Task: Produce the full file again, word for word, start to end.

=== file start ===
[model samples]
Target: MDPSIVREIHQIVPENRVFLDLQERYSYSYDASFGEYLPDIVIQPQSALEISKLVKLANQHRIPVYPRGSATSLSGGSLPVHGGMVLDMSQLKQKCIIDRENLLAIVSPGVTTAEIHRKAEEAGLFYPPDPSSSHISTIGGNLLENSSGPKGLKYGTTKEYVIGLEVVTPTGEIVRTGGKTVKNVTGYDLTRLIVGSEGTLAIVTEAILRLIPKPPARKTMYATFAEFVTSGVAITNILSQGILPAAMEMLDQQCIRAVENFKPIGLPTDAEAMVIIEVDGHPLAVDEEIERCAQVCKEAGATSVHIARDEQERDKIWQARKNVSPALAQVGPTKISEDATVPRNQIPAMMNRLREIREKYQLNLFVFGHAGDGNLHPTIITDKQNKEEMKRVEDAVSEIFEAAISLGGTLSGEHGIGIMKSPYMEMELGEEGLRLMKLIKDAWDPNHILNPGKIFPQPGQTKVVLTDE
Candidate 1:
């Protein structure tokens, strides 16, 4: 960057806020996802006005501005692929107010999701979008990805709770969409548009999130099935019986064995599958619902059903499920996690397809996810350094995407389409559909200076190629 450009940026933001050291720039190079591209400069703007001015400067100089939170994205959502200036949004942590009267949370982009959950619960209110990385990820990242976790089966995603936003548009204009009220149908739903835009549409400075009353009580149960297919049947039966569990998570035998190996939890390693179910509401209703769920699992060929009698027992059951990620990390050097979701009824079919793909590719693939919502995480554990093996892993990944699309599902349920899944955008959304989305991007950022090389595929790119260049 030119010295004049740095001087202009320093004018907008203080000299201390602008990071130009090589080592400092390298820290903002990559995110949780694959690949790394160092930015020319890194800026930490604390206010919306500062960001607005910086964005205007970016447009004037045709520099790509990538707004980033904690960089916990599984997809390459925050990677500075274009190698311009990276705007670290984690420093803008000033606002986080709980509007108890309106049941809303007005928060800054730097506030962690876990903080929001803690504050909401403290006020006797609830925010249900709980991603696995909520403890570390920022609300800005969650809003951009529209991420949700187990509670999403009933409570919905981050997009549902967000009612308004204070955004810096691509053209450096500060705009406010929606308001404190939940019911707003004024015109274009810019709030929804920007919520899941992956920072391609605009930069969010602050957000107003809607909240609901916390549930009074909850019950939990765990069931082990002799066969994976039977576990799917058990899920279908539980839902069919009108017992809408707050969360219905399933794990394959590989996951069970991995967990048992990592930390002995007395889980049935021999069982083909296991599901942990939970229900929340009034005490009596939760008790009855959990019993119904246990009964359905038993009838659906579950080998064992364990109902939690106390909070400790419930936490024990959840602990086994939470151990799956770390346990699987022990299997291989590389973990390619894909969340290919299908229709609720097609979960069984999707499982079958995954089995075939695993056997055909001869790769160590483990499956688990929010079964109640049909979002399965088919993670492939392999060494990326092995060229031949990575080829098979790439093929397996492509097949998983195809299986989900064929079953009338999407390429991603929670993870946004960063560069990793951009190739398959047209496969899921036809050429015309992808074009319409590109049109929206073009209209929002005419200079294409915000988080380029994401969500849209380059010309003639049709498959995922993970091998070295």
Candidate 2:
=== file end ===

[model samples]
Target: MDPSIVREIHQIVPENRVFLDLQERYSYSYDASFGEYLPDIVIQPQSALEISKLVKLANQHRIPVYPRGSATSLSGGSLPVHGGMVLDMSQLKQKCIIDRENLLAIVSPGVTTAEIHRKAEEAGLFYPPDPSSSHISTIGGNLLENSSGPKGLKYGTTKEYVIGLEVVTPTGEIVRTGGKTVKNVTGYDLTRLIVGSEGTLAIVTEAILRLIPKPPARKTMYATFAEFVTSGVAITNILSQGILPAAMEMLDQQCIRAVENFKPIGLPTDAEAMVIIEVDGHPLAVDEEIERCAQVCKEAGATSVHIARDEQERDKIWQARKNVSPALAQVGPTKISEDATVPRNQIPAMMNRLREIREKYQLNLFVFGHAGDGNLHPTIITDKQNKEEMKRVEDAVSEIFEAAISLGGTLSGEHGIGIMKSPYMEMELGEEGLRLMKLIKDAWDPNHILNPGKIFPQPGQTKVVLTDE
Candidate 1:
């Protein structure tokens, strides 16, 4: 960057806020996802006005501005692929107010999701979008990805709770969409548009999130099935019986064995599958619902059903499920996690397809996810350094995407389409559909200076190629 450009940026933001050291720039190079591209400069703007001015400067100089939170994205959502200036949004942590009267949370982009959950619960209110990385990820990242976790089966995603936003548009204009009220149908739903835009549409400075009353009580149960297919049947039966569990998570035998190996939890390693179910509401209703769920699992060929009698027992059951990620990390050097979701009824079919793909590719693939919502995480554990093996892993990944699309599902349920899944955008959304989305991007950022090389595929790119260049 030119010295004049740095001087202009320093004018907008203080000299201390602008990071130009090589080592400092390298820290903002990559995110949780694959690949790394160092930015020319890194800026930490604390206010919306500062960001607005910086964005205007970016447009004037045709520099790509990538707004980033904690960089916990599984997809390459925050990677500075274009190698311009990276705007670290984690420093803008000033606002986080709980509007108890309106049941809303007005928060800054730097506030962690876990903080929001803690504050909401403290006020006797609830925010249900709980991603696995909520403890570390920022609300800005969650809003951009529209991420949700187990509670999403009933409570919905981050997009549902967000009612308004204070955004810096691509053209450096500060705009406010929606308001404190939940019911707003004024015109274009810019709030929804920007919520899941992956920072391609605009930069969010602050957000107003809607909240609901916390549930009074909850019950939990765990069931082990002799066969994976039977576990799917058990899920279908539980839902069919009108017992809408707050969360219905399933794990394959590989996951069970991995967990048992990592930390002995007395889980049935021999069982083909296991599901942990939970229900929340009034005490009596939760008790009855959990019993119904246990009964359905038993009838659906579950080998064992364990109902939690106390909070400790419930936490024990959840602990086994939470151990799956770390346990699987022990299997291989590389973990390619894909969340290919299908229709609720097609979960069984999707499982079958995954089995075939695993056997055909001869790769160590483990499956688990929010079964109640049909979002399965088919993670492939392999060494990326092995060229031949990575080829098979790439093929397996492509097949998983195809299986989900064929079953009338999407390429991603929670993870946004960063560069990793951009190739398959047209496969899921036809050429015309992808074009319409590109049109929206073009209209929002005419200079294409915000988080380029994401969500849209380059010309003639049709498959995922993970091998070295």
Candidate 2: